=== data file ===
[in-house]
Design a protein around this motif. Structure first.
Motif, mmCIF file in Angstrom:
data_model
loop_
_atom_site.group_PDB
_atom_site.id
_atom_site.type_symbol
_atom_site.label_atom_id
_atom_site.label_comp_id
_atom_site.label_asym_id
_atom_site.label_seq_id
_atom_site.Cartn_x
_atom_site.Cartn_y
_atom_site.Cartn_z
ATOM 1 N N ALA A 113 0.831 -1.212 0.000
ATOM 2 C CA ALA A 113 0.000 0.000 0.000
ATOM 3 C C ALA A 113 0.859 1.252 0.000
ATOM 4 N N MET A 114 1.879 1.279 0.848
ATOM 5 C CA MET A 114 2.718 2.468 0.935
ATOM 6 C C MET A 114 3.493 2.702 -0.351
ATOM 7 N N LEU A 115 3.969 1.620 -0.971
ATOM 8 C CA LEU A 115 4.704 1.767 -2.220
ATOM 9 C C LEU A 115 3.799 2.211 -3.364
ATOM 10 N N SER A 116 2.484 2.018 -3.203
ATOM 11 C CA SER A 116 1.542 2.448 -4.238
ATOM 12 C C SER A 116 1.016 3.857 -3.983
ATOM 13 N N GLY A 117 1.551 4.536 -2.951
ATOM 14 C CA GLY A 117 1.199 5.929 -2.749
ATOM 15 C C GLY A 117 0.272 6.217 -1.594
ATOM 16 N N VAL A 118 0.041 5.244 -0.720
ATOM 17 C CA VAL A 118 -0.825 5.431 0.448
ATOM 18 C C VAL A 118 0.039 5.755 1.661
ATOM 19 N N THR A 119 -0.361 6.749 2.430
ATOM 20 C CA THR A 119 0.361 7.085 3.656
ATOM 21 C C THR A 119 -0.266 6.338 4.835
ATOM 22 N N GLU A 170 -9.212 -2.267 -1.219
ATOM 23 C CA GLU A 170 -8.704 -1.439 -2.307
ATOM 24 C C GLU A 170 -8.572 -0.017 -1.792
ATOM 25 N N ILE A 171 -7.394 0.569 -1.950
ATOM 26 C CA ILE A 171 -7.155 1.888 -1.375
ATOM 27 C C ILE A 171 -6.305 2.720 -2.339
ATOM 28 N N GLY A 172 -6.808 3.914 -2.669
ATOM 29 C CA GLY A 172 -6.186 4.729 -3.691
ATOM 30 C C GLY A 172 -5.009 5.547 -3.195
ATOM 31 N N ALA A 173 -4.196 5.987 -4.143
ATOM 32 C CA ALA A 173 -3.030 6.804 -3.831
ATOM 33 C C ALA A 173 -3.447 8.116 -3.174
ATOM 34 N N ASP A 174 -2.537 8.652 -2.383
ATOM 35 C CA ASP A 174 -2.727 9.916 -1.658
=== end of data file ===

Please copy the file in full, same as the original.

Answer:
[in-house]
Design a protein around this motif. Structure first.
Motif, mmCIF file in Angstrom:
data_model
loop_
_atom_site.group_PDB
_atom_site.id
_atom_site.type_symbol
_atom_site.label_atom_id
_atom_site.label_comp_id
_atom_site.label_asym_id
_atom_site.label_seq_id
_atom_site.Cartn_x
_atom_site.Cartn_y
_atom_site.Cartn_z
ATOM 1 N N ALA A 113 0.831 -1.212 0.000
ATOM 2 C CA ALA A 113 0.000 0.000 0.000
ATOM 3 C C ALA A 113 0.859 1.252 0.000
ATOM 4 N N MET A 114 1.879 1.279 0.848
ATOM 5 C CA MET A 114 2.718 2.468 0.935
ATOM 6 C C MET A 114 3.493 2.702 -0.351
ATOM 7 N N LEU A 115 3.969 1.620 -0.971
ATOM 8 C CA LEU A 115 4.704 1.767 -2.220
ATOM 9 C C LEU A 115 3.799 2.211 -3.364
ATOM 10 N N SER A 116 2.484 2.018 -3.203
ATOM 11 C CA SER A 116 1.542 2.448 -4.238
ATOM 12 C C SER A 116 1.016 3.857 -3.983
ATOM 13 N N GLY A 117 1.551 4.536 -2.951
ATOM 14 C CA GLY A 117 1.199 5.929 -2.749
ATOM 15 C C GLY A 117 0.272 6.217 -1.594
ATOM 16 N N VAL A 118 0.041 5.244 -0.720
ATOM 17 C CA VAL A 118 -0.825 5.431 0.448
ATOM 18 C C VAL A 118 0.039 5.755 1.661
ATOM 19 N N THR A 119 -0.361 6.749 2.430
ATOM 20 C CA THR A 119 0.361 7.085 3.656
ATOM 21 C C THR A 119 -0.266 6.338 4.835
ATOM 22 N N GLU A 170 -9.212 -2.267 -1.219
ATOM 23 C CA GLU A 170 -8.704 -1.439 -2.307
ATOM 24 C C GLU A 170 -8.572 -0.017 -1.792
ATOM 25 N N ILE A 171 -7.394 0.569 -1.950
ATOM 26 C CA ILE A 171 -7.155 1.888 -1.375
ATOM 27 C C ILE A 171 -6.305 2.720 -2.339
ATOM 28 N N GLY A 172 -6.808 3.914 -2.669
ATOM 29 C CA GLY A 172 -6.186 4.729 -3.691
ATOM 30 C C GLY A 172 -5.009 5.547 -3.195
ATOM 31 N N ALA A 173 -4.196 5.987 -4.143
ATOM 32 C CA ALA A 173 -3.030 6.804 -3.831
ATOM 33 C C ALA A 173 -3.447 8.116 -3.174
ATOM 34 N N ASP A 174 -2.537 8.652 -2.383
ATOM 35 C CA ASP A 174 -2.727 9.916 -1.658